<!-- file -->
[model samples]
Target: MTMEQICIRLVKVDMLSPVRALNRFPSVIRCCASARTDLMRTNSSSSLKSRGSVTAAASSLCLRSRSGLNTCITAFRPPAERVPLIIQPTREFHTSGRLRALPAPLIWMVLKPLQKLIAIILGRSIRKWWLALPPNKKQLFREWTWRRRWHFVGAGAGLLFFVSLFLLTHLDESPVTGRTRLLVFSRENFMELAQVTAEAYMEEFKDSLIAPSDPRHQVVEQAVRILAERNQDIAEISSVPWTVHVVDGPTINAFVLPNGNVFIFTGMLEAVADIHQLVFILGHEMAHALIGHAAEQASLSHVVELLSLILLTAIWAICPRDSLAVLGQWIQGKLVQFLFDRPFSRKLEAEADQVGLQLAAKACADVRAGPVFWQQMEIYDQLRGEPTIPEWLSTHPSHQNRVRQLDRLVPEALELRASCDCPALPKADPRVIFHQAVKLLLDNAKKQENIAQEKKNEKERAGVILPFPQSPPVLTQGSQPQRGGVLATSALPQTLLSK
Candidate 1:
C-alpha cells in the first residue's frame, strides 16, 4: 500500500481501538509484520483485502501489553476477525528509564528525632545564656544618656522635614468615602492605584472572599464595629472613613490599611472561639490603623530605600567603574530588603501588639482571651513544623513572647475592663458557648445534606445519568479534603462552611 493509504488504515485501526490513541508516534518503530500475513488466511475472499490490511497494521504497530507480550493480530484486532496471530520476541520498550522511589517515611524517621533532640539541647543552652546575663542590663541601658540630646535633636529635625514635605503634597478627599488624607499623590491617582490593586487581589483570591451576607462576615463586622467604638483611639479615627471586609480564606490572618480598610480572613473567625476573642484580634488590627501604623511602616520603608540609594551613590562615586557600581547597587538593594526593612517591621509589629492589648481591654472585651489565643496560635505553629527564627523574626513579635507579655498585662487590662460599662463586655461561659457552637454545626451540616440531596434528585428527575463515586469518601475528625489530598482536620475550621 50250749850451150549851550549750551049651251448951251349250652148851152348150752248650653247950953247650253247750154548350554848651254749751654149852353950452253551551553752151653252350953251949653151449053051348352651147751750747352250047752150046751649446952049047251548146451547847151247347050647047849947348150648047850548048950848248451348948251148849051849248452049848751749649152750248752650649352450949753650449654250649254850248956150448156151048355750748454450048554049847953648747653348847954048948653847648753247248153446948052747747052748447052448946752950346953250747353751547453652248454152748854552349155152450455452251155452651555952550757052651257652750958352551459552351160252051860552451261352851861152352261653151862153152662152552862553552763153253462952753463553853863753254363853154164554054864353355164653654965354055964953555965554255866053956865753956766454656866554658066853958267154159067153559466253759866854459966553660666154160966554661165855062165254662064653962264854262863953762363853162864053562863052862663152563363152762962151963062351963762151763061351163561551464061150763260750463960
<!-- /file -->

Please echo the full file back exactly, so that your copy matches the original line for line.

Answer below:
[model samples]
Target: MTMEQICIRLVKVDMLSPVRALNRFPSVIRCCASARTDLMRTNSSSSLKSRGSVTAAASSLCLRSRSGLNTCITAFRPPAERVPLIIQPTREFHTSGRLRALPAPLIWMVLKPLQKLIAIILGRSIRKWWLALPPNKKQLFREWTWRRRWHFVGAGAGLLFFVSLFLLTHLDESPVTGRTRLLVFSRENFMELAQVTAEAYMEEFKDSLIAPSDPRHQVVEQAVRILAERNQDIAEISSVPWTVHVVDGPTINAFVLPNGNVFIFTGMLEAVADIHQLVFILGHEMAHALIGHAAEQASLSHVVELLSLILLTAIWAICPRDSLAVLGQWIQGKLVQFLFDRPFSRKLEAEADQVGLQLAAKACADVRAGPVFWQQMEIYDQLRGEPTIPEWLSTHPSHQNRVRQLDRLVPEALELRASCDCPALPKADPRVIFHQAVKLLLDNAKKQENIAQEKKNEKERAGVILPFPQSPPVLTQGSQPQRGGVLATSALPQTLLSK
Candidate 1:
C-alpha cells in the first residue's frame, strides 16, 4: 500500500481501538509484520483485502501489553476477525528509564528525632545564656544618656522635614468615602492605584472572599464595629472613613490599611472561639490603623530605600567603574530588603501588639482571651513544623513572647475592663458557648445534606445519568479534603462552611 493509504488504515485501526490513541508516534518503530500475513488466511475472499490490511497494521504497530507480550493480530484486532496471530520476541520498550522511589517515611524517621533532640539541647543552652546575663542590663541601658540630646535633636529635625514635605503634597478627599488624607499623590491617582490593586487581589483570591451576607462576615463586622467604638483611639479615627471586609480564606490572618480598610480572613473567625476573642484580634488590627501604623511602616520603608540609594551613590562615586557600581547597587538593594526593612517591621509589629492589648481591654472585651489565643496560635505553629527564627523574626513579635507579655498585662487590662460599662463586655461561659457552637454545626451540616440531596434528585428527575463515586469518601475528625489530598482536620475550621 50250749850451150549851550549750551049651251448951251349250652148851152348150752248650653247950953247650253247750154548350554848651254749751654149852353950452253551551553752151653252350953251949653151449053051348352651147751750747352250047752150046751649446952049047251548146451547847151247347050647047849947348150648047850548048950848248451348948251148849051849248452049848751749649152750248752650649352450949753650449654250649254850248956150448156151048355750748454450048554049847953648747653348847954048948653847648753247248153446948052747747052748447052448946752950346953250747353751547453652248454152748854552349155152450455452251155452651555952550757052651257652750958352551459552351160252051860552451261352851861152352261653151862153152662152552862553552763153253462952753463553853863753254363853154164554054864353355164653654965354055964953555965554255866053956865753956766454656866554658066853958267154159067153559466253759866854459966553660666154160966554661165855062165254662064653962264854262863953762363853162864053562863052862663152563363152762962151963062351963762151763061351163561551464061150763260750463960